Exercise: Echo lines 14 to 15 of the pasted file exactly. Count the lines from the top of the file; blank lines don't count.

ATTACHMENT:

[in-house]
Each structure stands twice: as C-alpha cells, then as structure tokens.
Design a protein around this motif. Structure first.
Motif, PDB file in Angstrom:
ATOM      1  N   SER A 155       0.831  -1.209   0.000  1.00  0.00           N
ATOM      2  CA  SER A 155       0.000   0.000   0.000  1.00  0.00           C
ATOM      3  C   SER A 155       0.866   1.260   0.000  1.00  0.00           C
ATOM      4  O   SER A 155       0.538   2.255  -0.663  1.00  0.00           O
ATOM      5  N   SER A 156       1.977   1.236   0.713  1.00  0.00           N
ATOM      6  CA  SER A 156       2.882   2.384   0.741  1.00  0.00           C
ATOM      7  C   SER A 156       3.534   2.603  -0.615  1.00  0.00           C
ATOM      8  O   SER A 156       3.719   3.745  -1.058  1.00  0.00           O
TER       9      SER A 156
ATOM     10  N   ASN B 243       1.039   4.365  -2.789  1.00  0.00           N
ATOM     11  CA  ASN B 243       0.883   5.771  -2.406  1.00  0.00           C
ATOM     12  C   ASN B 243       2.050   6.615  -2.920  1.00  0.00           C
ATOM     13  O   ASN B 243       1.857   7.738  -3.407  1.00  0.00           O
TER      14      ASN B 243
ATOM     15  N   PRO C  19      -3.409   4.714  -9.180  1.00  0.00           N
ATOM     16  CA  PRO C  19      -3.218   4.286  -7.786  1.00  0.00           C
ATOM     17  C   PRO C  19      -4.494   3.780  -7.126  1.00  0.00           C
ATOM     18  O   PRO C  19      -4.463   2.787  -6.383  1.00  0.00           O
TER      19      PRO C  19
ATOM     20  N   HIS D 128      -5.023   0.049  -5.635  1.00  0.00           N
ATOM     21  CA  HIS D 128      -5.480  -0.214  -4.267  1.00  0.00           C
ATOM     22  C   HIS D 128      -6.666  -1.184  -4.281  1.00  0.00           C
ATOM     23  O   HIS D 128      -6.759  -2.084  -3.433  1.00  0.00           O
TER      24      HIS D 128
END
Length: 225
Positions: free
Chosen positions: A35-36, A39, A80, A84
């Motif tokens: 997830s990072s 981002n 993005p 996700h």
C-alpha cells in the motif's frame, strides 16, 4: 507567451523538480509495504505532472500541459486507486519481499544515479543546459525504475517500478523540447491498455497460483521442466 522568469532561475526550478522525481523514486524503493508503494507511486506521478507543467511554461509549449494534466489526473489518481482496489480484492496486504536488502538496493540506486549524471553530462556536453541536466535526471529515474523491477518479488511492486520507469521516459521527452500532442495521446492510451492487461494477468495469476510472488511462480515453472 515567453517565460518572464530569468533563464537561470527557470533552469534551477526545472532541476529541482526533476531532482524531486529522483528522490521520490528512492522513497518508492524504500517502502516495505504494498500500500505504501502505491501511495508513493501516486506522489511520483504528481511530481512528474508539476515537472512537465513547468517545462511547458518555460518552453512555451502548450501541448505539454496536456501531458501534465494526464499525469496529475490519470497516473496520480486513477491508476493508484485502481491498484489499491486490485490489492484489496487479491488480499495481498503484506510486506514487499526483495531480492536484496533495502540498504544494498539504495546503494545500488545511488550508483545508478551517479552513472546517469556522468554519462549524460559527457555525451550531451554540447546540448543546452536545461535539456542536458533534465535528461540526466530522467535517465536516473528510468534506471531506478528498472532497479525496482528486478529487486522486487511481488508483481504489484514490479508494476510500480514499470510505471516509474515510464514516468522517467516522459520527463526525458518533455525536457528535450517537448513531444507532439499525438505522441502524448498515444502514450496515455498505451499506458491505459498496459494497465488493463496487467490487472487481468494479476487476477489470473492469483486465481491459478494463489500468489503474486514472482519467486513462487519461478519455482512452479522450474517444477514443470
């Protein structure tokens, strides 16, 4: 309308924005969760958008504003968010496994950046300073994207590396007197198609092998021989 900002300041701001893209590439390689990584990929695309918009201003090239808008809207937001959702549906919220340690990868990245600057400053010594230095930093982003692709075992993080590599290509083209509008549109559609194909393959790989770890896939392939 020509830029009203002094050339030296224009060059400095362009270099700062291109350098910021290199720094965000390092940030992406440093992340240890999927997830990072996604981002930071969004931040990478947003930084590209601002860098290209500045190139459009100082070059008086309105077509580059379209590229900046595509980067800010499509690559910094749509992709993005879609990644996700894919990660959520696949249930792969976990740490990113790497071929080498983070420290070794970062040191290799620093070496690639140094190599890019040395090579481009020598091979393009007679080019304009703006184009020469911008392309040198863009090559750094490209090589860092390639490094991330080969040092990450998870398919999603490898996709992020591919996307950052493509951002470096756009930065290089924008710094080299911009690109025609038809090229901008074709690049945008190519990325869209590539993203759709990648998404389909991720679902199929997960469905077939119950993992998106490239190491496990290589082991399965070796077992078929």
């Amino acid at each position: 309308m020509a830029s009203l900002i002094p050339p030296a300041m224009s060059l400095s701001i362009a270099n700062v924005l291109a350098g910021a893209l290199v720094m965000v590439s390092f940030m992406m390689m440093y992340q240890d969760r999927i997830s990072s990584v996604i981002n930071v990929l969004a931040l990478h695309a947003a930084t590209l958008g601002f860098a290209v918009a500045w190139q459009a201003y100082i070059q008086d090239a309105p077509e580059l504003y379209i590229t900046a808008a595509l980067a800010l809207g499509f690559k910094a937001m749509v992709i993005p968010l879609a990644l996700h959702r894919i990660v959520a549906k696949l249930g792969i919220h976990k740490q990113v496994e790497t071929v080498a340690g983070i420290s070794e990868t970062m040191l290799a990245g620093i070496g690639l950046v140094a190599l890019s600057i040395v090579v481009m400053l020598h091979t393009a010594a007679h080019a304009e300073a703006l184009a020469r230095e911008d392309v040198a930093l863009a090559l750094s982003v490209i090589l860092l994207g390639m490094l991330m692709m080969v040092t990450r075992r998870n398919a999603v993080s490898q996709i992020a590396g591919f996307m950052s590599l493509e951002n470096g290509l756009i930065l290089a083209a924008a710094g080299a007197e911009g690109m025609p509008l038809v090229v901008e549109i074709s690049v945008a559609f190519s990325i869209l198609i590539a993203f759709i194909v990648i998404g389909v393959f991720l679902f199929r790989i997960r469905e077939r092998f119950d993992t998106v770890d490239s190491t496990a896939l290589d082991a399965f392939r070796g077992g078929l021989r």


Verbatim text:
ATOM     10  N   ASN B 243       1.039   4.365  -2.789  1.00  0.00           N
ATOM     11  CA  ASN B 243       0.883   5.771  -2.406  1.00  0.00           C